Richard Juilliart
richardjuilliart.com 
Insta: richardjuilliart


Dal Vuoto al Volto
Tomás Cajueiro

It was March 2020 when suddenly everything stopped. Gone in an instant cars horns
and noises, the shouting in the bars, the curious glances in the museums, the screams of the
kids in the park. Maybe we’ve never really given the proper attention to the importance of all
those small details as they have always been there available.
Why worry about losing something that we’ve never lost?
Then COVID came, and suddenly everything was not there anymore. In just a few weeks,
all changed, and we were deprived of these simple but essential things.
Nothing has been the same as before. Suddenly the world became empty.
However, that void was immediately filled by the volunteers who, wearing a mask, placed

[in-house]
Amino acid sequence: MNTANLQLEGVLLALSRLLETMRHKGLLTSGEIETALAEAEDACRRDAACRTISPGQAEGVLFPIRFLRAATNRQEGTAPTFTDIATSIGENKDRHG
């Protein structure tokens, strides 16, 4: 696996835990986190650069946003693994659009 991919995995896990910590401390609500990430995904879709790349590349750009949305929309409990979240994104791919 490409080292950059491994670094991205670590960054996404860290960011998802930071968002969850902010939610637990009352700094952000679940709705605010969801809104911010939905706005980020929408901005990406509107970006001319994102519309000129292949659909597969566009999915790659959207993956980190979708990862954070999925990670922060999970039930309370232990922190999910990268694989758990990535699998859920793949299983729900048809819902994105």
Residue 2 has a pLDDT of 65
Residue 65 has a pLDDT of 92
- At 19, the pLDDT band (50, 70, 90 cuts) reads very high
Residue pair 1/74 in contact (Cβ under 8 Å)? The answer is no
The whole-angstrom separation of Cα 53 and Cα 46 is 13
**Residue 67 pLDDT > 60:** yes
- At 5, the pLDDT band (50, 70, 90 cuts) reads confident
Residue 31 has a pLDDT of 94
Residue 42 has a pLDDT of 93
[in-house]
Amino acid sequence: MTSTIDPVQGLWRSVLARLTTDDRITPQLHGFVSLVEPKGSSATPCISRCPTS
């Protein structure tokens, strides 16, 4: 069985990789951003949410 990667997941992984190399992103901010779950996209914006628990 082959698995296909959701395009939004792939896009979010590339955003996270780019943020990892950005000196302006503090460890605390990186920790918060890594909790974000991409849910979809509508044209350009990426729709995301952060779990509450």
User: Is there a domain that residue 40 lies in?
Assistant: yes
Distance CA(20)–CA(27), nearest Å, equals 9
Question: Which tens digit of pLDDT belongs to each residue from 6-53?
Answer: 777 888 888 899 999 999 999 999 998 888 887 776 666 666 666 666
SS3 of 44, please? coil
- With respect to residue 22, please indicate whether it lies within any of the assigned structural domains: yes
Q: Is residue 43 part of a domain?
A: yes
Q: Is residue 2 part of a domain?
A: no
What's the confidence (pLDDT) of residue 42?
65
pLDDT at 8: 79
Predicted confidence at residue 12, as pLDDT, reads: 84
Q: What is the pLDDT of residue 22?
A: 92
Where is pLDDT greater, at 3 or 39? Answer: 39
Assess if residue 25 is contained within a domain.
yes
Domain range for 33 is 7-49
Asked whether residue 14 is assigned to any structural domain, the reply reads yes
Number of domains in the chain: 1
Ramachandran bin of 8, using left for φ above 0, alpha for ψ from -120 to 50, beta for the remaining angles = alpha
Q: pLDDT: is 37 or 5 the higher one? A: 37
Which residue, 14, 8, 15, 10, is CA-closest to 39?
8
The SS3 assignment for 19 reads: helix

themselves at the service of all those who held out a hand in search of help.
Volunteers were the human face emerging out of the emergency.

It was in such a situation that ‘Dal vuoto, al volto’ was born. ‘Dal vuoto, al volto’
(‘From the void to the face’) is a photo reportage produced by Tomás Cajueiro that register
Turin in the pandemic period through the eyes of a photographer who was recently arrived in
the city. A photographic journey under the banner of the strength of a community that, while
facing an epochal challenge, sees an important part of its citizens unite to fight the immediate
social effects of the inevitable economic crisis.

A project that combines the emptiness of the streets with the faces of the volunteers.
Taken partly in the streets of different neighbourhoods and partly within non-profit associations
that continue to work, the reportage ‘From the void to the face’ creates a historical testimony